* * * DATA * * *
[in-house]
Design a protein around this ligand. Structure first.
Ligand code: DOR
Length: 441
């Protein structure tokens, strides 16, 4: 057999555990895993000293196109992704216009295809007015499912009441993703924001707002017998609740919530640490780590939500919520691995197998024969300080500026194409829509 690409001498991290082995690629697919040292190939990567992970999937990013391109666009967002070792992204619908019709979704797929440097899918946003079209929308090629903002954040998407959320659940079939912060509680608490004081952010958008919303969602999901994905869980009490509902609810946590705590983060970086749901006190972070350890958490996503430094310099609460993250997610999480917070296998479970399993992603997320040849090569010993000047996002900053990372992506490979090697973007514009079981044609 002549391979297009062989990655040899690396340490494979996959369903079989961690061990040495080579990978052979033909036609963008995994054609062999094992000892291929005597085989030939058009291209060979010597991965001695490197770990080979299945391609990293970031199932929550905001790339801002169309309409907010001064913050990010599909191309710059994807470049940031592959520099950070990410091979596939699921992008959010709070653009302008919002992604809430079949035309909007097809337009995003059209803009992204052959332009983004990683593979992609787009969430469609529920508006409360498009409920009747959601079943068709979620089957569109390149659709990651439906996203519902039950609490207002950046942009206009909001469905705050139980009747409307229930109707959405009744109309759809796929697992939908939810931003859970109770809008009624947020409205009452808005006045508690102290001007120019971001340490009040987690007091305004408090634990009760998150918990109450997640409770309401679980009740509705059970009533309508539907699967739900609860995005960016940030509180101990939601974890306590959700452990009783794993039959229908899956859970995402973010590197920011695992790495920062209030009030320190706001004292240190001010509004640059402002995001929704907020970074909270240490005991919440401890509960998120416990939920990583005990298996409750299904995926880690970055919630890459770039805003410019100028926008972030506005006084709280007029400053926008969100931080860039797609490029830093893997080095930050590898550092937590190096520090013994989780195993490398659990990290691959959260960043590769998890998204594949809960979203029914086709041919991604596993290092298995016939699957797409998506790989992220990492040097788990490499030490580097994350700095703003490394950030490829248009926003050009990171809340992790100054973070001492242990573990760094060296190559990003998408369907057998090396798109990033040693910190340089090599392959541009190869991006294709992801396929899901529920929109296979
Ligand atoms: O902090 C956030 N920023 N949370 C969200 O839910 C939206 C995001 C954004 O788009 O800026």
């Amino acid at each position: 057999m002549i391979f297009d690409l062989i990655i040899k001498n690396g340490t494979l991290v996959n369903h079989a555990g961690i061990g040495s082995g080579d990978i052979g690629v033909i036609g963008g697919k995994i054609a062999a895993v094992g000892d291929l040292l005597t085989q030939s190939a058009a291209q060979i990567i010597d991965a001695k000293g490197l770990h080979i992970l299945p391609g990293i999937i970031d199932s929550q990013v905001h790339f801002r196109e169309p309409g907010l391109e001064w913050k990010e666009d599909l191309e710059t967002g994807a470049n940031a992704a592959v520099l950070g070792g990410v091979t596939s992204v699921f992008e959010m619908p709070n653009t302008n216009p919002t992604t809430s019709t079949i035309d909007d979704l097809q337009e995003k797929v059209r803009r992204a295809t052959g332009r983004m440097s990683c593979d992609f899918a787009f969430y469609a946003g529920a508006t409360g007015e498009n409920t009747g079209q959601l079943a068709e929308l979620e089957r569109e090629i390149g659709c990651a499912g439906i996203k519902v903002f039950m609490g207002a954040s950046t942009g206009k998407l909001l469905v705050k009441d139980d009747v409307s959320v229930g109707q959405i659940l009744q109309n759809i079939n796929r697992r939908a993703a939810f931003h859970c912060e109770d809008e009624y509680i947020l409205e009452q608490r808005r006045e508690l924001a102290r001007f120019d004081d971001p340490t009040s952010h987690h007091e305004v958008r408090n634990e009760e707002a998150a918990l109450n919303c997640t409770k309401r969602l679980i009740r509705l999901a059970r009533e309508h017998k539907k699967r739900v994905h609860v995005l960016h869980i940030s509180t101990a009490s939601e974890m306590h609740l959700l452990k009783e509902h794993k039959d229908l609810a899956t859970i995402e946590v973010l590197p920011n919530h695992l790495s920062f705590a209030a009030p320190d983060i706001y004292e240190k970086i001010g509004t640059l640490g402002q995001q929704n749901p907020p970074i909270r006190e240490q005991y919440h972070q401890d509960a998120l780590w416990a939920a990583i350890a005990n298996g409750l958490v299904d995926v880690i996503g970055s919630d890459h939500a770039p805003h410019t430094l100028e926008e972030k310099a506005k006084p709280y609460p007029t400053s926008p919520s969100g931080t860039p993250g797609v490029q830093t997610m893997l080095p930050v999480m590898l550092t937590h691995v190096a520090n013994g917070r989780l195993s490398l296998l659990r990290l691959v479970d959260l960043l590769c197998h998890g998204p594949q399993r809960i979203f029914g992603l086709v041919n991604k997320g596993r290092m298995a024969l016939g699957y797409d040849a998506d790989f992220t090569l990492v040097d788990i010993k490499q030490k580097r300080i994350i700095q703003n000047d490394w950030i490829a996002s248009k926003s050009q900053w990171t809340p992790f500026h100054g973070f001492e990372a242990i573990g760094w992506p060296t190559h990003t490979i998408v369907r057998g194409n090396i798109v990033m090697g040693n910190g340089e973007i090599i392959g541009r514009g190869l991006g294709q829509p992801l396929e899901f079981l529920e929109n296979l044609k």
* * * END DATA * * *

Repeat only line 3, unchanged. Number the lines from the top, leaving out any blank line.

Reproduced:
Ligand code: DOR